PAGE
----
export growth in 2006 was even twice as high as the global average and in
Germany (roughly 11% each). Meanwhile, India’s export ratio has reached 32%
– about double the figure registered ten years ago. For some time now, India has
exported more pharmaceutical products than it imports. Over the last ten years,
the export surplus has risen from about EUR 370 m to currently just under EUR 2
bn. Slightly over 80% of the drugs are sold to the US and Europe, where India’s
companies are benefiting from the population’s purchasing power as well as
regulatory changes (greater cost-consciousness). By contrast, traditional sales
markets such as Russia, Southeast Asia, Africa and Latin America have lost in
importance. However, only 60 production locations of India’s pharma sector have
been certified by the World Health Organization, which implies they comply with
the strict quality standards imposed by the US Food and Drug Administration
(FDA). Compliance with FDA standards is the precondition for selling products on
the important US market.
The global pharmaceutical industry is demonstrating marked trends in recent
times, with the focus shifting from traditional markets like U.S. to promising new
ones particularly Latin America and Asia Pacific. India too has carved out a
significant portion of the world pharma pie, registering growth across segments
including generics, research and development of New Chemical Entities (NCE)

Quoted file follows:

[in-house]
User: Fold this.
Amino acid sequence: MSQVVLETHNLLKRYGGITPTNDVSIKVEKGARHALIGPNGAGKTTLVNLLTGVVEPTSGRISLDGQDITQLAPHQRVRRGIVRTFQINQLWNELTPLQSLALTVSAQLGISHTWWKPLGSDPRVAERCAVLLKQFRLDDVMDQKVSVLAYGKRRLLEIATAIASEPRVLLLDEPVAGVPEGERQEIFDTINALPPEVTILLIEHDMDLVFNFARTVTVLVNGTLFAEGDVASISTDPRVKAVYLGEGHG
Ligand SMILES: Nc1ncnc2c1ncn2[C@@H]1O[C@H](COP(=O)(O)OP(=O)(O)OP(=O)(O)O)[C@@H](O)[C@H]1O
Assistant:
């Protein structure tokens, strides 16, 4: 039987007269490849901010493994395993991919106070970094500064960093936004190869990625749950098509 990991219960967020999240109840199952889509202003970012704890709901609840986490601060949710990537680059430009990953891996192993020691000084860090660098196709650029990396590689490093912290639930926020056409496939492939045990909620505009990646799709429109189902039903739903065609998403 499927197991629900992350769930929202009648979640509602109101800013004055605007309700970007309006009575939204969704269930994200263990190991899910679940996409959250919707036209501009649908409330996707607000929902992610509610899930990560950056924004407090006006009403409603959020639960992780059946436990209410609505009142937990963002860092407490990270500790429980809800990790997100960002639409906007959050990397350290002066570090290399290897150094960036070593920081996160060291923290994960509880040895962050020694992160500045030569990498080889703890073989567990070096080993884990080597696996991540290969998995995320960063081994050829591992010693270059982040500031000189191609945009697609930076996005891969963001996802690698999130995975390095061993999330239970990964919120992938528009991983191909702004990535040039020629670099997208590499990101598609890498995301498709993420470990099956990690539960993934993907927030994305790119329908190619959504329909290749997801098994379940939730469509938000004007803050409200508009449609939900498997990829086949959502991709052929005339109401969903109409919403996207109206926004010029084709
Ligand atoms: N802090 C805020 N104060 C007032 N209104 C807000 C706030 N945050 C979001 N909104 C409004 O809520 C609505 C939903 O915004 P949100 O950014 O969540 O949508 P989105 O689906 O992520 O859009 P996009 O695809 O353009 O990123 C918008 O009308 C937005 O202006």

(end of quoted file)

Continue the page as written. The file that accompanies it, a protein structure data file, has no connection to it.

and Contract Research and Manufacturing Services (CRAMS).
At the forefront of the growth in the pharmaceutical industry in India is Gujarat.
Accounting for nearly 42 percent share of India’s pharmaceutical turnover, 22
Percent of its drug exports and 20 percent of its chemicals output Gujarat’s
Pharmaceutical industry has evolved in to an innovation-driven,

Knowledge focused industry._


Going forward, to attain a leading position in the global pharma industry, Gujarat
Would have to develop into an ideal location for global clinical research, avid
Competitor in CRAMS and centre of excellence for overall pharmaceutical
development. Further the state will also have to capitalize on emerging
opportunities such as medical tourism, contract research and pharmaceutical
machinery manufacturing. Key to this process will be building global
competitiveness, developing a strong talent pool and adopting a conducive global
Gujarat’s pharma industry: Some key statistics and comparison with the Indian
Pharma industry

Valued at USD 4.4 billion in 2005-06, Gujarat’s pharma industry has grown at a
Stupendous CAGR of almost 88 percent between 2002-03 and 2005-06, as
Against the 18 percent growth registered by the pharma industry of India as a
whole, in the corresponding period.
In the exports segment too, Gujarat’s pharmaceutical industries’ performance
has. Been exemplary. Exports, valued at USD 1.1 billion in 2005-06, have grown
at an Impressive CAGR of nearly 78 percent between 2002-03 and 2005-06 as
against.The 28 percent growth in India’s total pharma exports during the same
period.

As a precursor to growth, Capital investment in the pharma industry in Gujarat


Has also increased at an astounding CAGR of about 54 percent between FY’03
And FY’06reflected in the increase of number of units (both own as well as
loan)from1,964 in 2003 to 3,462 in 2007.
Clusters
A cluster is defined as a geographically proximate group of companies and
Associated institutions in a particular field, linked by commonalities and
Complementarities. For any successful industry, one of the driving forces is the
presence of Small And Medium scale Enterprise (SMEs).A peculiar characteristic
of SMEs is that,Generally they exist and thrive in clusters.